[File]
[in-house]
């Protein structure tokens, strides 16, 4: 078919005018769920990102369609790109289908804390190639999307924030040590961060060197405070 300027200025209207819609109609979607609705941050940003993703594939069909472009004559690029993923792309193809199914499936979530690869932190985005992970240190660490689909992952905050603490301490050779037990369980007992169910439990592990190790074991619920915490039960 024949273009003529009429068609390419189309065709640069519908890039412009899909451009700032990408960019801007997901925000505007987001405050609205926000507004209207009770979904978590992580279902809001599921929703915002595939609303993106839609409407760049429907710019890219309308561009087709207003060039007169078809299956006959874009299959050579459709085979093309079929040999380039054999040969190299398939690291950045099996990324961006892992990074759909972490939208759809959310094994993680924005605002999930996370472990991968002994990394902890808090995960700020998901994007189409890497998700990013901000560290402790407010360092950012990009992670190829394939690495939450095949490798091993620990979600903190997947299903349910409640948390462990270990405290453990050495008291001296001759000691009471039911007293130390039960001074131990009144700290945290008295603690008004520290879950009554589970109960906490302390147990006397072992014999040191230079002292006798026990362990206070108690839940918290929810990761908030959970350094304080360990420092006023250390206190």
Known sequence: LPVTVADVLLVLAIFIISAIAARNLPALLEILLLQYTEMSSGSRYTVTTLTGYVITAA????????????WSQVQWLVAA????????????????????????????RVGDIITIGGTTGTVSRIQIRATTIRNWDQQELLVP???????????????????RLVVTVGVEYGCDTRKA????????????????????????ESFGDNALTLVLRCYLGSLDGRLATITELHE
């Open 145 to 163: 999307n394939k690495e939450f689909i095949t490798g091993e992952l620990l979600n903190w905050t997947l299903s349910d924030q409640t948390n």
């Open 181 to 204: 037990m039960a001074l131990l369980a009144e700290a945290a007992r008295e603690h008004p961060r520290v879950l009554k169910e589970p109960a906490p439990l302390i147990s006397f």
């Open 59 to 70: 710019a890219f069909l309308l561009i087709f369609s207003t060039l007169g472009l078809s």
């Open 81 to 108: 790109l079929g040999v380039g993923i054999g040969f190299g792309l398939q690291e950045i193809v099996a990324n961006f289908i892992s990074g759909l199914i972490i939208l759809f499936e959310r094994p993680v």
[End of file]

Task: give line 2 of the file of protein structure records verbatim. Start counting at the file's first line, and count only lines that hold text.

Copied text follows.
């Protein structure tokens, strides 16, 4: 078919005018769920990102369609790109289908804390190639999307924030040590961060060197405070 300027200025209207819609109609979607609705941050940003993703594939069909472009004559690029993923792309193809199914499936979530690869932190985005992970240190660490689909992952905050603490301490050779037990369980007992169910439990592990190790074991619920915490039960 024949273009003529009429068609390419189309065709640069519908890039412009899909451009700032990408960019801007997901925000505007987001405050609205926000507004209207009770979904978590992580279902809001599921929703915002595939609303993106839609409407760049429907710019890219309308561009087709207003060039007169078809299956006959874009299959050579459709085979093309079929040999380039054999040969190299398939690291950045099996990324961006892992990074759909972490939208759809959310094994993680924005605002999930996370472990991968002994990394902890808090995960700020998901994007189409890497998700990013901000560290402790407010360092950012990009992670190829394939690495939450095949490798091993620990979600903190997947299903349910409640948390462990270990405290453990050495008291001296001759000691009471039911007293130390039960001074131990009144700290945290008295603690008004520290879950009554589970109960906490302390147990006397072992014999040191230079002292006798026990362990206070108690839940918290929810990761908030959970350094304080360990420092006023250390206190």